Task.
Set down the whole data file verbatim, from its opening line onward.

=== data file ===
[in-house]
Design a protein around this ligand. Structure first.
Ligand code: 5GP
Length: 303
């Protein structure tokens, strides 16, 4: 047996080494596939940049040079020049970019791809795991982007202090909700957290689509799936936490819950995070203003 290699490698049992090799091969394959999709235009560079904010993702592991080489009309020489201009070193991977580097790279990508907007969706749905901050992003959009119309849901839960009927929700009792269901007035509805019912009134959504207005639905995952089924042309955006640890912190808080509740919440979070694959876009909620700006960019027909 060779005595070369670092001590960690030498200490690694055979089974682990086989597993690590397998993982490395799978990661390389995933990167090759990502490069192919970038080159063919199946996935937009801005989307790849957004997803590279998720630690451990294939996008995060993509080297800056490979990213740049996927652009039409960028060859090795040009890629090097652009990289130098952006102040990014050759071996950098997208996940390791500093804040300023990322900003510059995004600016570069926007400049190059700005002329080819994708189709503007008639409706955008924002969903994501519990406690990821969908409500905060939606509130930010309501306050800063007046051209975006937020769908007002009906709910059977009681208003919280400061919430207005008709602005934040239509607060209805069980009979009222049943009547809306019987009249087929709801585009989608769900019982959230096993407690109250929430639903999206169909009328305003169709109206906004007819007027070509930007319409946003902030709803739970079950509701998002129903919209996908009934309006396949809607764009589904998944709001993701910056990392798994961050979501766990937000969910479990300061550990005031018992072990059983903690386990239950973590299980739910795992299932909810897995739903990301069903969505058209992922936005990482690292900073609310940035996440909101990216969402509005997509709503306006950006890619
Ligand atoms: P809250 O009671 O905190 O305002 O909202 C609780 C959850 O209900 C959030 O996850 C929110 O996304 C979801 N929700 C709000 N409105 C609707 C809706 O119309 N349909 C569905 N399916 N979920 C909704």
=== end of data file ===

[in-house]
Design a protein around this ligand. Structure first.
Ligand code: 5GP
Length: 303
């Protein structure tokens, strides 16, 4: 047996080494596939940049040079020049970019791809795991982007202090909700957290689509799936936490819950995070203003 290699490698049992090799091969394959999709235009560079904010993702592991080489009309020489201009070193991977580097790279990508907007969706749905901050992003959009119309849901839960009927929700009792269901007035509805019912009134959504207005639905995952089924042309955006640890912190808080509740919440979070694959876009909620700006960019027909 060779005595070369670092001590960690030498200490690694055979089974682990086989597993690590397998993982490395799978990661390389995933990167090759990502490069192919970038080159063919199946996935937009801005989307790849957004997803590279998720630690451990294939996008995060993509080297800056490979990213740049996927652009039409960028060859090795040009890629090097652009990289130098952006102040990014050759071996950098997208996940390791500093804040300023990322900003510059995004600016570069926007400049190059700005002329080819994708189709503007008639409706955008924002969903994501519990406690990821969908409500905060939606509130930010309501306050800063007046051209975006937020769908007002009906709910059977009681208003919280400061919430207005008709602005934040239509607060209805069980009979009222049943009547809306019987009249087929709801585009989608769900019982959230096993407690109250929430639903999206169909009328305003169709109206906004007819007027070509930007319409946003902030709803739970079950509701998002129903919209996908009934309006396949809607764009589904998944709001993701910056990392798994961050979501766990937000969910479990300061550990005031018992072990059983903690386990239950973590299980739910795992299932909810897995739903990301069903969505058209992922936005990482690292900073609310940035996440909101990216969402509005997509709503306006950006890619
Ligand atoms: P809250 O009671 O905190 O305002 O909202 C609780 C959850 O209900 C959030 O996850 C929110 O996304 C979801 N929700 C709000 N409105 C609707 C809706 O119309 N349909 C569905 N399916 N979920 C909704």